In February this year, on their behalf, Bishop Matthew Mhagama of S.W. Tanganyika and his wife visited us while he was here in the UK and worshipped with us. In June Rev Mike and Roz Harrison visited Mafinga and saw how successful the Chicken Project is. They were struck by how outward-looking the churches are in their thinking of others in time of need and in what they hope to achieve in the future and assure us any fundraising we do here at St David’s will be put to excellent use.

Our friends in Mafinga itself are always expressing their thanks for our support and have sent us gifts of dark wooden elephant candlesticks, an elephant bowl, an African cloth and a dark wooden chalice. The joy and enthusiasm which they express both for the spreading of the gospel message and giving practical help to their communities really inspires us.

So what about CARROTS & POTATOES AT KITELEWASI? Kitelewesi is another of their outstations and they have started there a “farm” project to grow carrots and potatoes for the community with profits raised providing another source of income for their church activities. Another outlying village within their parish, Mapogoro, is so poor that last year they started to send them, when they could, second hand shoes and clothes. They are now hoping to start a project to help orphan and vulnerable children in that area.

So, what now?
It is harvest time again and you will remember that last year our harvest activities included a Jazz Concert given by Rydal Penrhos Jazz Band to raise funds for the Chicken Project which is now well established. This year’s harvest funds are also going to Mafinga and again it is for a specific project. St Andrew’s, the new church at Kinyanambo which they started building last year and which the first funds we raised went towards, is an ongoing project and they are still, as they say, “collecting trips of bricks” as and when they can afford to do so. They are currently “raising the walls” and we have decided to send the money we raise at harvest this year as a further contribution for this. They say that any funds we can raise “will sure give them a new hope to finish the building this year” and that our contribution, whatever it is, is “great news”.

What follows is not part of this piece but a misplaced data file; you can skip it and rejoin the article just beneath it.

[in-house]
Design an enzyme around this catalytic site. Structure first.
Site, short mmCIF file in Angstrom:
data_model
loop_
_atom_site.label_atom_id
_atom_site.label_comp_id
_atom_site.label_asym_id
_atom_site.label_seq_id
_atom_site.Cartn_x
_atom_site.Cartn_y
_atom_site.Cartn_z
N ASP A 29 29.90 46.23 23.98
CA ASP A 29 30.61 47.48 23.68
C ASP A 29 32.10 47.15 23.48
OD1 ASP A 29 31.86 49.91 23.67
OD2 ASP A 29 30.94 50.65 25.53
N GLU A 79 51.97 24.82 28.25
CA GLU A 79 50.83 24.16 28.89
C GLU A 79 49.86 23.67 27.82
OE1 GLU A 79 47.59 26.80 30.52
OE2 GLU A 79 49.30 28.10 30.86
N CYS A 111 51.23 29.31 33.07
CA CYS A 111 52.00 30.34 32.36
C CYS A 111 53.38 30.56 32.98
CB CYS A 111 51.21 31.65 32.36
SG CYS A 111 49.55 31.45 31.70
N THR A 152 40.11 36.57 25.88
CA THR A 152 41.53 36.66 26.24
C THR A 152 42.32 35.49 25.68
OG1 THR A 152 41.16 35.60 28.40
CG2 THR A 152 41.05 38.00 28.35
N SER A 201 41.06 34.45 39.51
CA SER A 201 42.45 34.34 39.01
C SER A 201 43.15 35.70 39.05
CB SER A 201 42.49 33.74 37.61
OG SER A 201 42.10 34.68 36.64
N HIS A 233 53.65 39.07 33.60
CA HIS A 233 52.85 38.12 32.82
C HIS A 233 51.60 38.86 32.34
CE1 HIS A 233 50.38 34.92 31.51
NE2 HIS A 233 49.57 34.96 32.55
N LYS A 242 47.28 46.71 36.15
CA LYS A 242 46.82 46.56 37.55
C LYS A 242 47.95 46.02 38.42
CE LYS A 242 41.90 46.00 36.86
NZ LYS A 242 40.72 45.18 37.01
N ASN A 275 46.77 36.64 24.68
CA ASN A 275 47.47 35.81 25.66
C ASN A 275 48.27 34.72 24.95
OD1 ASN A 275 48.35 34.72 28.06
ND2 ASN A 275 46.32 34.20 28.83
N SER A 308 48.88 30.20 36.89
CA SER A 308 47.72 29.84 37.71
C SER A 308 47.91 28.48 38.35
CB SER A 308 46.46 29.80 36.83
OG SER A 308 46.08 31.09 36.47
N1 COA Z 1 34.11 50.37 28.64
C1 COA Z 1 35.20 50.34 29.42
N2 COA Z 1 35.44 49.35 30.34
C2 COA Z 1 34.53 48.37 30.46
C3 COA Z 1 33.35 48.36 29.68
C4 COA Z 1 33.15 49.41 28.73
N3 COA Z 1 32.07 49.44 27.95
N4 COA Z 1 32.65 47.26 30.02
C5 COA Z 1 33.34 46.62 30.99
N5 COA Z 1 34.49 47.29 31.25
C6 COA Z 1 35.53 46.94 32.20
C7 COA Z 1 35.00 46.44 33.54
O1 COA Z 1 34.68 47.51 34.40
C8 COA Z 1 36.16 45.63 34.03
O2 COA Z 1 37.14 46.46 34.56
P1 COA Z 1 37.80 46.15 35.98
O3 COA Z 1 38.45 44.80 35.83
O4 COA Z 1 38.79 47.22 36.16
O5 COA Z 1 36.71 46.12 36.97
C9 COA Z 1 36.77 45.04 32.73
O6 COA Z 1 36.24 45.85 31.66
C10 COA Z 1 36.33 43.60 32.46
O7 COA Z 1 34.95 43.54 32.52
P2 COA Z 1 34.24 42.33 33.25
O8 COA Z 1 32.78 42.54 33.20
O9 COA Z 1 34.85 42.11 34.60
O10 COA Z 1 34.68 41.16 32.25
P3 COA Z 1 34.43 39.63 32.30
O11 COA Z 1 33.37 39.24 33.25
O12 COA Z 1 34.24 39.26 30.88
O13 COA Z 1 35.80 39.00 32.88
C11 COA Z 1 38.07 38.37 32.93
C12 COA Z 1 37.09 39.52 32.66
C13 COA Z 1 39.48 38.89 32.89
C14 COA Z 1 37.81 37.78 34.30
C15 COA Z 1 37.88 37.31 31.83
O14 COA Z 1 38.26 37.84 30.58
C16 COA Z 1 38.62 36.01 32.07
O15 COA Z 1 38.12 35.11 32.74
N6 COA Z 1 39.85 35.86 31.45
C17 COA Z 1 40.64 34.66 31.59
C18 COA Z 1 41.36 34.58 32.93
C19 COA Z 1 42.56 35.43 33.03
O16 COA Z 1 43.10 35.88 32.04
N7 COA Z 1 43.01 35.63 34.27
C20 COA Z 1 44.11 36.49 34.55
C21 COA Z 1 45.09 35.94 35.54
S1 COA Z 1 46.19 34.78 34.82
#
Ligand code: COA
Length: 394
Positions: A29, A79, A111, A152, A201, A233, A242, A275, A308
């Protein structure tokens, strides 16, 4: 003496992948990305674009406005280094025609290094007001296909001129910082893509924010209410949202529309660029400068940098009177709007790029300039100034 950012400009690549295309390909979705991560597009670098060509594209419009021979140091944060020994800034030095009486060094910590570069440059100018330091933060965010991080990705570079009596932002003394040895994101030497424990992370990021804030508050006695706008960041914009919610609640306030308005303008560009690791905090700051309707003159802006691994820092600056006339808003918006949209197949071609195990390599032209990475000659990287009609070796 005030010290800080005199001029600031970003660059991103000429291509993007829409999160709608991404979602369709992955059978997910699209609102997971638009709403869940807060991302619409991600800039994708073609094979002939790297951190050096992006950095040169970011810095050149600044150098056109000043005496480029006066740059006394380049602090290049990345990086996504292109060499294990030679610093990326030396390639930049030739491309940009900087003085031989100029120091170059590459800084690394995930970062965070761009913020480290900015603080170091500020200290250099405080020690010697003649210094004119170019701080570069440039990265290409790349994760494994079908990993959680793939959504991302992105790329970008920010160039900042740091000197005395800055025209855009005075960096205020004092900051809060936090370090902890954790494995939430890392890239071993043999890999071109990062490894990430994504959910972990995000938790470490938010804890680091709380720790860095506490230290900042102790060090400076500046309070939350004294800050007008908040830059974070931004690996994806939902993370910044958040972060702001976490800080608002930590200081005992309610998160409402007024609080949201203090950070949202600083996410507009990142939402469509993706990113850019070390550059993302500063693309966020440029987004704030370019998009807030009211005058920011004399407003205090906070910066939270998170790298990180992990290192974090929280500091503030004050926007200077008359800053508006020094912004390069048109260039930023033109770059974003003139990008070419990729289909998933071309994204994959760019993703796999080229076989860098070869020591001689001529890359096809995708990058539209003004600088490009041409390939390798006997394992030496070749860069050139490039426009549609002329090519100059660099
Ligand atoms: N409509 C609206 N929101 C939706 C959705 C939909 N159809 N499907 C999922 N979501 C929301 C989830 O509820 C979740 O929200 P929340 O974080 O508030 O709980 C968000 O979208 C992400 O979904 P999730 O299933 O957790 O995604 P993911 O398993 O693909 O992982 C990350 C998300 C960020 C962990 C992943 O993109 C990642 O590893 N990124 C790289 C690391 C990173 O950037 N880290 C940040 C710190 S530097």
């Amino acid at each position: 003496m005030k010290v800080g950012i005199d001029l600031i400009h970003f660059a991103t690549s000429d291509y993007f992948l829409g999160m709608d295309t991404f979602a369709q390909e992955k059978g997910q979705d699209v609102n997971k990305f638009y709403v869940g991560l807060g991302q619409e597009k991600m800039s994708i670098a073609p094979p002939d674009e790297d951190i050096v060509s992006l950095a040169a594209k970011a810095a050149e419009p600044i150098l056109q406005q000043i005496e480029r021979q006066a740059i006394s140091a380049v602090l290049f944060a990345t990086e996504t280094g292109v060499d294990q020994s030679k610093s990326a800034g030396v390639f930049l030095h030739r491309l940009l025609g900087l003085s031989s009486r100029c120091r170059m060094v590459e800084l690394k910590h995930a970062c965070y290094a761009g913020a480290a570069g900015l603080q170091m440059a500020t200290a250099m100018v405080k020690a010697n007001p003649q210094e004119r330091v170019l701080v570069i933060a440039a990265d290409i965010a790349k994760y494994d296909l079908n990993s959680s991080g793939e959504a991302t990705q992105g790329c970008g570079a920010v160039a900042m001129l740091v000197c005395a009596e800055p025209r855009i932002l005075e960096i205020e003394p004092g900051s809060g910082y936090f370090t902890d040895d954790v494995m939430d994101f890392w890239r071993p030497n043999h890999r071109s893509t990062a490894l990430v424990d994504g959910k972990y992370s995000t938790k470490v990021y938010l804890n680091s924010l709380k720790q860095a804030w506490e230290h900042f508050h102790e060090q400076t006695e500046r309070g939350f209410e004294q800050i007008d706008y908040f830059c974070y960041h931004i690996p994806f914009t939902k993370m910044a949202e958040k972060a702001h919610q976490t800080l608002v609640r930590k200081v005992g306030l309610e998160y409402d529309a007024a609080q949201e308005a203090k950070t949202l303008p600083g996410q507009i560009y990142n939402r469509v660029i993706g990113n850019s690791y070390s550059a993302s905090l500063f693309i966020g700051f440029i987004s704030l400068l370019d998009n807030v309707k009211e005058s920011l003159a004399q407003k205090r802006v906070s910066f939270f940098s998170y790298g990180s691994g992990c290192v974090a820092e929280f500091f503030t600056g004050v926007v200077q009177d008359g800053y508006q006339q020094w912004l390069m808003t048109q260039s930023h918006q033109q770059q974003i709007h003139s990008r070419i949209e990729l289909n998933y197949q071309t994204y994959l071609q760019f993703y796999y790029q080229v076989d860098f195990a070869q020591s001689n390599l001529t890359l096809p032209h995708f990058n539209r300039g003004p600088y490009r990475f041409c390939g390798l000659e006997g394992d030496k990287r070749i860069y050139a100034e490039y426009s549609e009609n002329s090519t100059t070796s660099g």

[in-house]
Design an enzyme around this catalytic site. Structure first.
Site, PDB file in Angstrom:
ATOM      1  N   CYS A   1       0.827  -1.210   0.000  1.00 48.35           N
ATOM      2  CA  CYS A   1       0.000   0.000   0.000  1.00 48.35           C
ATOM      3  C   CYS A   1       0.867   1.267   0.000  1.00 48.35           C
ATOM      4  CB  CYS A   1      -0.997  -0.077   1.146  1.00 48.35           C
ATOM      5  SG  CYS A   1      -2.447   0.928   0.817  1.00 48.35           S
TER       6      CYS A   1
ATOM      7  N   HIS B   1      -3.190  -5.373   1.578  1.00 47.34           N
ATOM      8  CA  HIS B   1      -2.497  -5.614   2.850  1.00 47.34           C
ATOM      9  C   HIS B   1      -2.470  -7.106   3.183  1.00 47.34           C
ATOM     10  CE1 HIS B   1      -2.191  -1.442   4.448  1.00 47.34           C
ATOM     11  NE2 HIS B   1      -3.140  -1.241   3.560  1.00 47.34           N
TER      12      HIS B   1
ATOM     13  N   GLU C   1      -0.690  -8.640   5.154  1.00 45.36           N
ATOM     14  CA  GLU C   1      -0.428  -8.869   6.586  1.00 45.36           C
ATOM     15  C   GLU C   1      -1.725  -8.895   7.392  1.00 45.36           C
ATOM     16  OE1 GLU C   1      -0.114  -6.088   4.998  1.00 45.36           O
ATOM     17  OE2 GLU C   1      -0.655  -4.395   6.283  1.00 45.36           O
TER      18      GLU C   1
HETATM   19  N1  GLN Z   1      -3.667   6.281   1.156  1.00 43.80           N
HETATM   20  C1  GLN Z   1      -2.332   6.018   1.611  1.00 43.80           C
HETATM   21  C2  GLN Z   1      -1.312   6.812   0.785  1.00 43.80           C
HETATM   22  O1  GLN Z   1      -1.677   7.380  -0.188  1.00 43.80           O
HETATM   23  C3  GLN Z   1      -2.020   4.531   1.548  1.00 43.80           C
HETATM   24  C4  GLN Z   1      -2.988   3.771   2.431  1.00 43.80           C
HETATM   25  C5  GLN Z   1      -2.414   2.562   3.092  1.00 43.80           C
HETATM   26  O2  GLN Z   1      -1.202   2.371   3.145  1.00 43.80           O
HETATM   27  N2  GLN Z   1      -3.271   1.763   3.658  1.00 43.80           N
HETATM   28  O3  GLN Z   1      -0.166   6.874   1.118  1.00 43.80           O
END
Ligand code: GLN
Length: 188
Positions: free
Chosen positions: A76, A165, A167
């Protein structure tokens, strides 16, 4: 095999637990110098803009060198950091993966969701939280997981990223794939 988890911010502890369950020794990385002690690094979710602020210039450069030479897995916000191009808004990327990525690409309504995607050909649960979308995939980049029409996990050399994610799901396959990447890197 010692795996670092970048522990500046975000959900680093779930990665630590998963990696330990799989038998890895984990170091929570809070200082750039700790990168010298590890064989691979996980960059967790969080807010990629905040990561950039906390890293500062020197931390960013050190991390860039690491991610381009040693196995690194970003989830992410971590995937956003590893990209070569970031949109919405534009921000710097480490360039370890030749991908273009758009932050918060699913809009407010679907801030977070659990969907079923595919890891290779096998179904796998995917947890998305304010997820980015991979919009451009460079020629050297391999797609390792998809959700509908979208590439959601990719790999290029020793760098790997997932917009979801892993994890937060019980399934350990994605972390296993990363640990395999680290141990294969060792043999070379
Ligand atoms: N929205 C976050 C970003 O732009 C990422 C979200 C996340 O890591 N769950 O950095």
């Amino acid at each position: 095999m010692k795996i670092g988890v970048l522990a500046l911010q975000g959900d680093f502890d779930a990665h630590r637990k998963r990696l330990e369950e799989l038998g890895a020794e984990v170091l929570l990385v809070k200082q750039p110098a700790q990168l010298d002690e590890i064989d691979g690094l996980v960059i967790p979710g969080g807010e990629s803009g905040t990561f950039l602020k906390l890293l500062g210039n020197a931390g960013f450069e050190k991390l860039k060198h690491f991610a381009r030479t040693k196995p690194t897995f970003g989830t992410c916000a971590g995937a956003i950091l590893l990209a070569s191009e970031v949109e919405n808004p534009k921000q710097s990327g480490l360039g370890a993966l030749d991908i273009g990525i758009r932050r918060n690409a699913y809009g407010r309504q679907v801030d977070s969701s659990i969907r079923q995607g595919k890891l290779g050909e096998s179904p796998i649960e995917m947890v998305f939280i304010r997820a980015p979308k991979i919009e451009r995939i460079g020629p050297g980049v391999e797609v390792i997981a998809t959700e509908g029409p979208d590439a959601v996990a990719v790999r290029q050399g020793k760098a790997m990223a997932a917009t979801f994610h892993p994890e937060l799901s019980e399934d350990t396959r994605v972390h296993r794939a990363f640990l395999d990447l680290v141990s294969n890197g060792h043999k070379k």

Our Harvest Celebrations begin on the evening of Saturday 30 September when we shall have an” all age” get together to celebrate our link with Mafinga and we hope this will be an evening of fun and laughter as we relax and chat with friends.. At the time of writing our plans are being developed but will include

A “Mafinga Meal” which surely has to include eggs and/or chickens?
Activities - perhaps a Tanzanian Fun Quiz - singing a Tanzanian chorus - team games (e.g. building lego bricks, perhaps a church, might be appropriate, or, Hunt the Chickens - not live ones, honestly!) - watching “You tube” clips from Mafinga? Whatever, we shall enjoy ourselves!


On Sunday 1 October we shall have our Harvest Thanksgiving Services and the evening service will include Holy Communion.

Finally, a piece of really good news. In the Methodist Prayer Handbook for 2017/18 you will find that the entries for day 8 include a prayer for our partnership with Mafinga Parish which means that throughout the whole period from September this year to August next year the projects we are supporting there will be upheld in prayer throughout the UK.

Great - Prayer changes things !

St David’s Mission Team: (Kathryn, Elizabeth, Jodie & Jack)




For many years I have been out of contact with my eldest Grandson. This has been a source of great sorrow for me, but, like the rest of my Grandchildren I have kept him in my prayers. On his birthday this year I sent him birthday wishes through a family member who I thought might know where he was. To my amazement I was suddenly in voice contact with my precious Grandson. It might take a decade for your prayers to be answered but NEVER, EVER GIVE UP....ON GOD.